Preheat oven to 375 degrees. Combine onion, 2 t of salt, and zucchini, drain 20 minutes. Squeeze out excess liquid, and add next four ingredients. Stir to combine, then add matzo meal and parsley, stir again till thoroughly combined.

Lightly grease a tart plate (ceramic is better than one with a removable bottom), pour in mixture and bake 45 minutes, till golden on top and a knife comes out clean.

Best served with something saucy like lamb shanks.

As I type this, I realize this is dangerously close to my neo-latke recipe, but you'll have to wait for Chanukah to do the comparison.

Wednesday, April 12, 2006

Wine Blogging Wednesday: '02 Navarro Pinot Gris

Wine Blogging Wednesday is a monthly international event that I learned of over on the excellent Vinography blog. This month it's being run by Wine for Newbies, if you're interested in what people had to say about white wines beyond the Big Three (Chardonnay, Riesling and Sauvignon Blanc), check out his wrap-up. If you're interested in a wine primer podcast, check out his site.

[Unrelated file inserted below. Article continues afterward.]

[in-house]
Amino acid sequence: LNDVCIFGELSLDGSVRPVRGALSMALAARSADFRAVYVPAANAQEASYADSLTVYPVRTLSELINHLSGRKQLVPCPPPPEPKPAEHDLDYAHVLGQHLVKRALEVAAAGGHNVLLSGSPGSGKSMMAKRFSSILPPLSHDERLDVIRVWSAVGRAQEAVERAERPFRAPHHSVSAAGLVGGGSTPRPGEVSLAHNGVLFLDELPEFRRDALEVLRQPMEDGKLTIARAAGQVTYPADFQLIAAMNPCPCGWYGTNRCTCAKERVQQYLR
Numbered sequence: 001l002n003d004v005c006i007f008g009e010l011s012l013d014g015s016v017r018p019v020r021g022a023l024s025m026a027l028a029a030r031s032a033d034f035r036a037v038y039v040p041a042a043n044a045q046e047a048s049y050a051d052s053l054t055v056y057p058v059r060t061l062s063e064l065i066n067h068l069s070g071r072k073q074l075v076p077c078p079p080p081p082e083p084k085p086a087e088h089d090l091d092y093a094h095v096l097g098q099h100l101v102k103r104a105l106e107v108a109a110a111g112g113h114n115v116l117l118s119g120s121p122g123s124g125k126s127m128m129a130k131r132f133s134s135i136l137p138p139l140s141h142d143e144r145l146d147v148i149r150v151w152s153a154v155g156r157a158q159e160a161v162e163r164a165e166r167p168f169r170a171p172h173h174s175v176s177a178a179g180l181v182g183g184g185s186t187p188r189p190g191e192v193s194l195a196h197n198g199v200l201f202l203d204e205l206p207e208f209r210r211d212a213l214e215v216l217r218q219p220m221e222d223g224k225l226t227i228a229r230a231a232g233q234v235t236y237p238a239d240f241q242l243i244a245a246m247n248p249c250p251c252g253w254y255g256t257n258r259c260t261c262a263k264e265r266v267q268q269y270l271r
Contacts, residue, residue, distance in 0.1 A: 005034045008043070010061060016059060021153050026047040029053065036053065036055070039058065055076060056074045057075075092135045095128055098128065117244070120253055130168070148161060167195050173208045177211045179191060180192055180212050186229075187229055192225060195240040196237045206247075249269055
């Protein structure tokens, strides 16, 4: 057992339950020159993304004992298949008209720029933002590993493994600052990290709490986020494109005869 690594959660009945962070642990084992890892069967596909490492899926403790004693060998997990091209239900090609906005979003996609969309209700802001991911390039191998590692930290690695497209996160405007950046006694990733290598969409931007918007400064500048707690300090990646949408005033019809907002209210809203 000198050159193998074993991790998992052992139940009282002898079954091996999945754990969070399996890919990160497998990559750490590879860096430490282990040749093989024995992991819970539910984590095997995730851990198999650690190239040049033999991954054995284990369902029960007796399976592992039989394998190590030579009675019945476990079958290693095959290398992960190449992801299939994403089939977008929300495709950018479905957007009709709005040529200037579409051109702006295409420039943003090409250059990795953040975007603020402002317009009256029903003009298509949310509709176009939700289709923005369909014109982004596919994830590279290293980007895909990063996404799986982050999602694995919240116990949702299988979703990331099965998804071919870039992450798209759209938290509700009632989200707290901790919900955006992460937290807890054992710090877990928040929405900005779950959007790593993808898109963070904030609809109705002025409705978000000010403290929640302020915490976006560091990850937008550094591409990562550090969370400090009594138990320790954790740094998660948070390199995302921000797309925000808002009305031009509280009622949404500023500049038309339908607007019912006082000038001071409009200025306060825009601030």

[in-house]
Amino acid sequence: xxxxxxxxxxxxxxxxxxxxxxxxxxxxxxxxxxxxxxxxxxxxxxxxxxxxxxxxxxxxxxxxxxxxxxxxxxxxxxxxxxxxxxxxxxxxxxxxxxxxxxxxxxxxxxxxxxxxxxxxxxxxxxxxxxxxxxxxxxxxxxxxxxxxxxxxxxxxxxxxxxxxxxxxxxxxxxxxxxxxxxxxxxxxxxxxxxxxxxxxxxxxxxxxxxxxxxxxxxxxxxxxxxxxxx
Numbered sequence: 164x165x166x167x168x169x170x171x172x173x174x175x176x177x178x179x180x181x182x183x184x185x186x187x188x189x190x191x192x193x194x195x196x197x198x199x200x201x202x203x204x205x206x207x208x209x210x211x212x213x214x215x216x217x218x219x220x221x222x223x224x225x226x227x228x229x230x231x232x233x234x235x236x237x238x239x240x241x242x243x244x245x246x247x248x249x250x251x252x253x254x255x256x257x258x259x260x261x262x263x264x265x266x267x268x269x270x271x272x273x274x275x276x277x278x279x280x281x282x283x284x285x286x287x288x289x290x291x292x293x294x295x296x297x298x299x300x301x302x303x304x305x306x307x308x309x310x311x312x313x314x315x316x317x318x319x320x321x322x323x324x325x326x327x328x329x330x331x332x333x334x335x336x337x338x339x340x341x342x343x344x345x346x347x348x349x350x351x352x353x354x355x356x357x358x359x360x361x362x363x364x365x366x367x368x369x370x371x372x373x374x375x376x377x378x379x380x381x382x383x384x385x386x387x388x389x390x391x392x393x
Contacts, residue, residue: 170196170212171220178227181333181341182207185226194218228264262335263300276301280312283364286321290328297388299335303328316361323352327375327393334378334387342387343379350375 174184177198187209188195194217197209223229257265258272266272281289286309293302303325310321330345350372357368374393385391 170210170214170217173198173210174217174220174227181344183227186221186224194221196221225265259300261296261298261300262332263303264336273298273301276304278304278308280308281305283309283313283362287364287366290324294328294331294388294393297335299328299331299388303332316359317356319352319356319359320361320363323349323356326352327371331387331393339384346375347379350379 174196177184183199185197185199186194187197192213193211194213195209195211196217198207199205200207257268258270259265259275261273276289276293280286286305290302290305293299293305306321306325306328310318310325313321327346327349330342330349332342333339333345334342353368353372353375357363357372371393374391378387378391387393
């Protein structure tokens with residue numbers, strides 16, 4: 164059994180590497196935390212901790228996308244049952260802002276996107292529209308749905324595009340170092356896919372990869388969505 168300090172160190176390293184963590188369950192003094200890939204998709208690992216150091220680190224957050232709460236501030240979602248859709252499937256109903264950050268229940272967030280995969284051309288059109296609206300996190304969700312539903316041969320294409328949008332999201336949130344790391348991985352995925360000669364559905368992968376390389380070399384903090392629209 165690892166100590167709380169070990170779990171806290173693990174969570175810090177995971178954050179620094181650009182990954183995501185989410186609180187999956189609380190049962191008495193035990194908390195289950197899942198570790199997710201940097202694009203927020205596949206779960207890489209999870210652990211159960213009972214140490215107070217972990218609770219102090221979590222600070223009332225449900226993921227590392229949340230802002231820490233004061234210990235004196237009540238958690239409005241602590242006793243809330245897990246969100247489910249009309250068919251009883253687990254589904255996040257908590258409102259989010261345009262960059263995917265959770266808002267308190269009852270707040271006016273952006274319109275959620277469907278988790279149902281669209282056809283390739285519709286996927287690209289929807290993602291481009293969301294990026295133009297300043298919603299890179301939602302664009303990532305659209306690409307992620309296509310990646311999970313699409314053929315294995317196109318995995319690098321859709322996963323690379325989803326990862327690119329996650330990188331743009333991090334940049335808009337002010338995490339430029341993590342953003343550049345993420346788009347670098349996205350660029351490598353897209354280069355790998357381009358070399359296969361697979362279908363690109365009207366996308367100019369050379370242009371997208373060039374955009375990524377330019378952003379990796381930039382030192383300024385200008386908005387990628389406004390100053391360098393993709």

I took the event as a great opportunity to try something from one of my favorite wineries:
Navarro Vineyards, in Mendocino. Navarro is exactly what I want a California winery to be: beautiful setting, lovely people, delicious wines, and a tasting room that is comfortable without being big and corporate. We manage to get up to Mendo every few years, and when we do, we always enjoy our visits to Navarro, Husch, Handley Cellars and Lazy Creek. Inevitably, we come home with a case of wine, which we dole out across the years to remind us of our wonderful get-away.

While not the subject of this tasting, it's worth noting that Navarro makes fabulous non-alcoholic grape juice. Both the
Pinot Noir and the Gewürztraminer show true varietal flavors, and make a lovely spritzer with sparkling water and a twist of lemon or lime. Navarro spritzers have gotten me through the wine-craving days of my pregnancies. Don't look for these in stores, Navarro sells strictly from the winery or online store, but you can give them a try at Zuni or Chez Panisse, or at virtually every Mendocino-area restaurant.